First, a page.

The key to breaking down Sydney FC’s remarkable defence

Tim Palmer Columnist

By , Tim Palmer is a Roar Expert

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    Saturday night’s 0-0 stalemate in the Sydney Derby was the Western Sydney Wanderers’ first clean sheet of the season, which was the biggest positive from the match for coach Tony Popovic.

    By contrast, though, it was the seventh clean sheet in this campaign for their neighbours in Sky Blue. Keeping their opponents scoreless was a breakthrough moment for the Wanderers; a run-of-the-mill event for Graham Arnold’s team.

    Sydney’s defensive record this season is astonishing. They have conceded just seven goals in fifteen games. In the FFA Cup, they were breached only once (in the final against Melbourne City). They average just three shots conceded per game, easily the lowest in the league. So how do you score against such a mean, stingy defence?

    Sydney’s defensive strategy can be broken down into two broad components. The first is their ability to press opponents high up the pitch, something Arnold constantly applauds when saying โ€œour defence starts from the front.โ€

    Sydney play a 4-2-3-1 formation that becomes a 4-4-2 without the ball. The front two, Alex Brosque and Bobo, form the first pressing line. Their exact starting position varies, but it is typically around the opposition’s deepest midfield player, as Sydney’s first priority defensively is to stop teams progressing the ball through central areas.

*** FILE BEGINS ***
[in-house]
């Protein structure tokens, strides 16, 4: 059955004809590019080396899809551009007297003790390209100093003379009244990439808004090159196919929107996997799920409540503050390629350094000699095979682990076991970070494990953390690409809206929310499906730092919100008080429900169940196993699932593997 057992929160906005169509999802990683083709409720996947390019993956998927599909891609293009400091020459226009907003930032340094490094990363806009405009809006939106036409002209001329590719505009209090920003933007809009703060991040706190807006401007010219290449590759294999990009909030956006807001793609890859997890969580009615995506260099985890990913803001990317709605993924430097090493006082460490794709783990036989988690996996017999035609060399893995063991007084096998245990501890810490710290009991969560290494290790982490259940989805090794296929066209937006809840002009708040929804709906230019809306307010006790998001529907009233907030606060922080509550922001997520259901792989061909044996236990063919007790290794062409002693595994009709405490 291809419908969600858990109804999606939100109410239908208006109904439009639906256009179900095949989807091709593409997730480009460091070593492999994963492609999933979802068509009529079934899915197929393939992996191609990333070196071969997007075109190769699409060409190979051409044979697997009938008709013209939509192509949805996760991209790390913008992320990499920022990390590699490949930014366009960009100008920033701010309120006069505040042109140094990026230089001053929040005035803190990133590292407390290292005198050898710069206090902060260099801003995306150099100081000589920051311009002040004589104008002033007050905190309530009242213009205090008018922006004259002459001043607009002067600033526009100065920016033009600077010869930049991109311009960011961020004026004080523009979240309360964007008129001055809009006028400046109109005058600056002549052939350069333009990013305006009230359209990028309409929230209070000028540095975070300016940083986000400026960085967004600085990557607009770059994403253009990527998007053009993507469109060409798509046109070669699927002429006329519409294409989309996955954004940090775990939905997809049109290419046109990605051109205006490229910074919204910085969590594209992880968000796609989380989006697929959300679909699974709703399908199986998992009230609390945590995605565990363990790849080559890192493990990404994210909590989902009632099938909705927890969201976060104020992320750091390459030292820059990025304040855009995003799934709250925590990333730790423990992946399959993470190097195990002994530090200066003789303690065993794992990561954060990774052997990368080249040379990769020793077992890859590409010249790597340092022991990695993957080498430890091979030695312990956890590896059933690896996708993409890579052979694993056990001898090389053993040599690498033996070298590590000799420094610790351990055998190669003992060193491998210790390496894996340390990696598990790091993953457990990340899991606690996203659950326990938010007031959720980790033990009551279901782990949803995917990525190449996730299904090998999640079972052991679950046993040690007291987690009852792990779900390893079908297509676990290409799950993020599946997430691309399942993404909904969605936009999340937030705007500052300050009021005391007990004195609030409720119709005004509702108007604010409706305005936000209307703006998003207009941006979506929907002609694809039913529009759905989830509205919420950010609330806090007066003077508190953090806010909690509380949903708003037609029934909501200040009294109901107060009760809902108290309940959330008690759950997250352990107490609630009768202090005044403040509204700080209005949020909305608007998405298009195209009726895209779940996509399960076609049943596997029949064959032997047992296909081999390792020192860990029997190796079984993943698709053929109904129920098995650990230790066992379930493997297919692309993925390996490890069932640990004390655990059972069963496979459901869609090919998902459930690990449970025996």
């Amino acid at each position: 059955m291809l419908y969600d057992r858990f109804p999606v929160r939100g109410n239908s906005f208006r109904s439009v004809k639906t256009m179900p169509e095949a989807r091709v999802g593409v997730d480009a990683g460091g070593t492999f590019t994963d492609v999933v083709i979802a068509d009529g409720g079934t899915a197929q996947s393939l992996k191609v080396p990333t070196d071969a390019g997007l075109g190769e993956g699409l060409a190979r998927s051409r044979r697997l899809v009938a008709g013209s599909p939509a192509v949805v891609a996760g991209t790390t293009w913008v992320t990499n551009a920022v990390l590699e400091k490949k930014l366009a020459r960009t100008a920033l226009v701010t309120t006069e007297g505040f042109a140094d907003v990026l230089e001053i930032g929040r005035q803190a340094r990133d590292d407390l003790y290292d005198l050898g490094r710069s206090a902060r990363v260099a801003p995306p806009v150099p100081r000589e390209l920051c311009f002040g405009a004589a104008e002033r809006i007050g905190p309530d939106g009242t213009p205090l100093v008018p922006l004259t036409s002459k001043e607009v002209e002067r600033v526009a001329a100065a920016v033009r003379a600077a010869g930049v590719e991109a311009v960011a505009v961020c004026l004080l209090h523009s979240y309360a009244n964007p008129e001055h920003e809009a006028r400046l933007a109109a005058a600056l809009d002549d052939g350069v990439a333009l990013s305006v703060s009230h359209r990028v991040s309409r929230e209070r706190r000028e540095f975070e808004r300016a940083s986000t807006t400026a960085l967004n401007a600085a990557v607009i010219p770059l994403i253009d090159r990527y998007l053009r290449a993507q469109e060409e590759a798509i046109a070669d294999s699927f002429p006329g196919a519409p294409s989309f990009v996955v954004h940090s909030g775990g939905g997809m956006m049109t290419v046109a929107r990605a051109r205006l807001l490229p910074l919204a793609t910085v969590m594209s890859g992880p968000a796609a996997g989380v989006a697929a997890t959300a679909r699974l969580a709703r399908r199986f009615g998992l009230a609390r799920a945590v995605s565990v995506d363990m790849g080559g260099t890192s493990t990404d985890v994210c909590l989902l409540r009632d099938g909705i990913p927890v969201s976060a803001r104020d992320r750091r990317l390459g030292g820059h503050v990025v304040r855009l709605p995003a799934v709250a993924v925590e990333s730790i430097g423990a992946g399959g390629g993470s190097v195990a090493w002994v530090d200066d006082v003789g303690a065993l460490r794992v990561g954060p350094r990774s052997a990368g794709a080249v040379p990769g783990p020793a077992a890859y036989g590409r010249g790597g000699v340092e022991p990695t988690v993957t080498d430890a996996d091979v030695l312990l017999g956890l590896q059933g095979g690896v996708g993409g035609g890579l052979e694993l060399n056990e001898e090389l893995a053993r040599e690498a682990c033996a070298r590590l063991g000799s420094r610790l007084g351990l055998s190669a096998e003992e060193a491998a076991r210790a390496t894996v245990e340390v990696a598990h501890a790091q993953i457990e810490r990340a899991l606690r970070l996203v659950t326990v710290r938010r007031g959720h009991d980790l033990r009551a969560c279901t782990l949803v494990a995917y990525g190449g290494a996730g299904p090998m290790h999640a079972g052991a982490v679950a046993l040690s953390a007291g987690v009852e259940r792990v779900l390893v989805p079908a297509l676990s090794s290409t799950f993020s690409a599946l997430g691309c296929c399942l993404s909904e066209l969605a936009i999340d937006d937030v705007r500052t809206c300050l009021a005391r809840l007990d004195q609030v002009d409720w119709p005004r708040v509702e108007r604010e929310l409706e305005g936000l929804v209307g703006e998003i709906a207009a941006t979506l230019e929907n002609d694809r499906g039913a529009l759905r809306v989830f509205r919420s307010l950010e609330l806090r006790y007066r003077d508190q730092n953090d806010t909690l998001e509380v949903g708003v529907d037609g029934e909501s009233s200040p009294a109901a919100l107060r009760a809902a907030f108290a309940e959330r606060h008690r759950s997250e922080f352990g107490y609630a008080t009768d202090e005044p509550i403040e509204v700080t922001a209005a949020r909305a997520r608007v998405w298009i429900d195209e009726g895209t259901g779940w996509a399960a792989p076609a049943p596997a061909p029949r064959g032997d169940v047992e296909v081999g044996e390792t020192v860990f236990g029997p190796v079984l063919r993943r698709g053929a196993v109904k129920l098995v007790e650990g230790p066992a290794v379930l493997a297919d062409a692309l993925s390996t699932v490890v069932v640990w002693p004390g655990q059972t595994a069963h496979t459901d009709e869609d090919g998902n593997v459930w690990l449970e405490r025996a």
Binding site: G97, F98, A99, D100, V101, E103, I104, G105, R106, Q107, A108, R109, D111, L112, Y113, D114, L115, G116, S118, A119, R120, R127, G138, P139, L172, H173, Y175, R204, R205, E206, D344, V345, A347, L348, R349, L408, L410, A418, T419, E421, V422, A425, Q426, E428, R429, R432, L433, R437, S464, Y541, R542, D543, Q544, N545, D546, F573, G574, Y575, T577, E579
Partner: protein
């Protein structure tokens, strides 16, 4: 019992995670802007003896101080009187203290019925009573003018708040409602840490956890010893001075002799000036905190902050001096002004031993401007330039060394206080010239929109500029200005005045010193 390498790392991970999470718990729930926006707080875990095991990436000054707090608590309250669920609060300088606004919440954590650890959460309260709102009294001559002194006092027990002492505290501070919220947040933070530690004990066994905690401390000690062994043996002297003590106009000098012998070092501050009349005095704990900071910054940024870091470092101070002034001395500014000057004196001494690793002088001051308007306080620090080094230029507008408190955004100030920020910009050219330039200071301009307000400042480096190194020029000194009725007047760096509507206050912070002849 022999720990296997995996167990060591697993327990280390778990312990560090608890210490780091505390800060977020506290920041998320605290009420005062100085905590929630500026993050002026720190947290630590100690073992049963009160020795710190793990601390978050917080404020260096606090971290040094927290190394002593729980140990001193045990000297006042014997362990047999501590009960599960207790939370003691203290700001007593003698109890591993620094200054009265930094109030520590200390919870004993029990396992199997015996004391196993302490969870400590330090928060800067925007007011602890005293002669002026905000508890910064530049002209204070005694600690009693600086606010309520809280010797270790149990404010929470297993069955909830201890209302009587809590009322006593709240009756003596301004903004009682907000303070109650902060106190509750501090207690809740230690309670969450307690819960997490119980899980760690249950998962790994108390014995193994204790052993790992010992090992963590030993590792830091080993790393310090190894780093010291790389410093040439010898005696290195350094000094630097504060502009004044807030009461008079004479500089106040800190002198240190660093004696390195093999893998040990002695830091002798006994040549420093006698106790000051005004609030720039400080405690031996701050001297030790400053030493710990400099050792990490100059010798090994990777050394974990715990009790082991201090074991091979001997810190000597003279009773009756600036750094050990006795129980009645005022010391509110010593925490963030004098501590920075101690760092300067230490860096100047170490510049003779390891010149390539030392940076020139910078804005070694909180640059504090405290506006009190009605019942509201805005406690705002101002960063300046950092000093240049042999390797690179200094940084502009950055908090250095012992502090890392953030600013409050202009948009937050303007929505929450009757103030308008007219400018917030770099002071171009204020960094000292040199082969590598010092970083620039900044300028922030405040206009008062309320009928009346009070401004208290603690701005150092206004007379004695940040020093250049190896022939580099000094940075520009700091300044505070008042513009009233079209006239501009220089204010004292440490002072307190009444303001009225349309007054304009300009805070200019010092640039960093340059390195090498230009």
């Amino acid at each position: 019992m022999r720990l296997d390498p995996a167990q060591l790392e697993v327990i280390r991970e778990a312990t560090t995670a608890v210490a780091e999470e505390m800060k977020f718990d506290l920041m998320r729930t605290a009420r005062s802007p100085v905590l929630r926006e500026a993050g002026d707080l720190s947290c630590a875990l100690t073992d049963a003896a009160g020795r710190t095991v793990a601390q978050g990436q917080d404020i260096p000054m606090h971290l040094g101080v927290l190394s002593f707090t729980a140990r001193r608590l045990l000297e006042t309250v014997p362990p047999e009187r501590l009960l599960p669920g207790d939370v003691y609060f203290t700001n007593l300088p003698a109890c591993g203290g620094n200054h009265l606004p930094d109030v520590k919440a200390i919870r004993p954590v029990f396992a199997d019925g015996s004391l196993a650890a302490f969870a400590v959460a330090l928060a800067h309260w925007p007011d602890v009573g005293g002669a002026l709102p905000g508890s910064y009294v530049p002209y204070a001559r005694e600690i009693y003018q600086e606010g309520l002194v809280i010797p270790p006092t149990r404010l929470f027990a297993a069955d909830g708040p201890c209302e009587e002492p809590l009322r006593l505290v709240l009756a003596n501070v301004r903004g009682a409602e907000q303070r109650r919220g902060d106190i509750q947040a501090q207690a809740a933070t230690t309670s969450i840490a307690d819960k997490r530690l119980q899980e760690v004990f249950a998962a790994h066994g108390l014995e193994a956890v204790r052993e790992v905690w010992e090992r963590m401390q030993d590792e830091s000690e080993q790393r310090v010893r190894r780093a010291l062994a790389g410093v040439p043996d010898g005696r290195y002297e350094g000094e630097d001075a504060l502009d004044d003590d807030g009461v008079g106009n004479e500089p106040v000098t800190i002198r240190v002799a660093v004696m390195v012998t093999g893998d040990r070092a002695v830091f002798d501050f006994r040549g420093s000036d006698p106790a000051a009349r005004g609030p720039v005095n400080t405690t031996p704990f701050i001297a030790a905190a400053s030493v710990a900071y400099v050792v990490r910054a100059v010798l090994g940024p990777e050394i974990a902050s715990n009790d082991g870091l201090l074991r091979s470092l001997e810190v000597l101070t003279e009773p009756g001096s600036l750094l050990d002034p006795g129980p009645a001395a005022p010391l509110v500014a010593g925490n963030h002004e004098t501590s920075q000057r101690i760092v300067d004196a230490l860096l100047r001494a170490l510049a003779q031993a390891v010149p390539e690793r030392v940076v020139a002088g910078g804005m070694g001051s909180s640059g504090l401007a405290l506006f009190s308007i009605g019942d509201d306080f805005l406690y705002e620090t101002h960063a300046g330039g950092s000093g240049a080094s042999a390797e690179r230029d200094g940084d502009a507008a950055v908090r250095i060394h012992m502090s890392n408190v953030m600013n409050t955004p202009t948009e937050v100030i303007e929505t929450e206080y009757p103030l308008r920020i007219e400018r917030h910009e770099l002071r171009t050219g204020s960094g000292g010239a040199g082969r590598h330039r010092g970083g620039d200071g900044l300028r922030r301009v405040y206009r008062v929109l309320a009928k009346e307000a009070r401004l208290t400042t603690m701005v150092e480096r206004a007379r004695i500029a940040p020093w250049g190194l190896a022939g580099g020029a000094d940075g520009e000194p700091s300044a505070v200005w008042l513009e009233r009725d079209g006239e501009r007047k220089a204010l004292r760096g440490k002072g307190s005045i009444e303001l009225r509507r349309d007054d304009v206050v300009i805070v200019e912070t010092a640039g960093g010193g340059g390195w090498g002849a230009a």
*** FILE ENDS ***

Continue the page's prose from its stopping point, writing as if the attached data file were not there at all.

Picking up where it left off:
Depending on their overall tactics for a match, this first pressing line might be higher or deeper. However, the key principle – that the front two form the first line of defence, and position to force passes from the back wide – is always consistent.

    To ensure the side has great horizontal compactness, the wide players, Filip Holosko and Milos Ninkovic, drop back into a position between the front two and the two central midfielders, blocking the passing lane into opposition midfielders. Often, this means they must leave the pass from opposition centre-back to full-back free and open – which is fine, because it fits into Sydney’s focus on forcing opponents wide when building up from the back.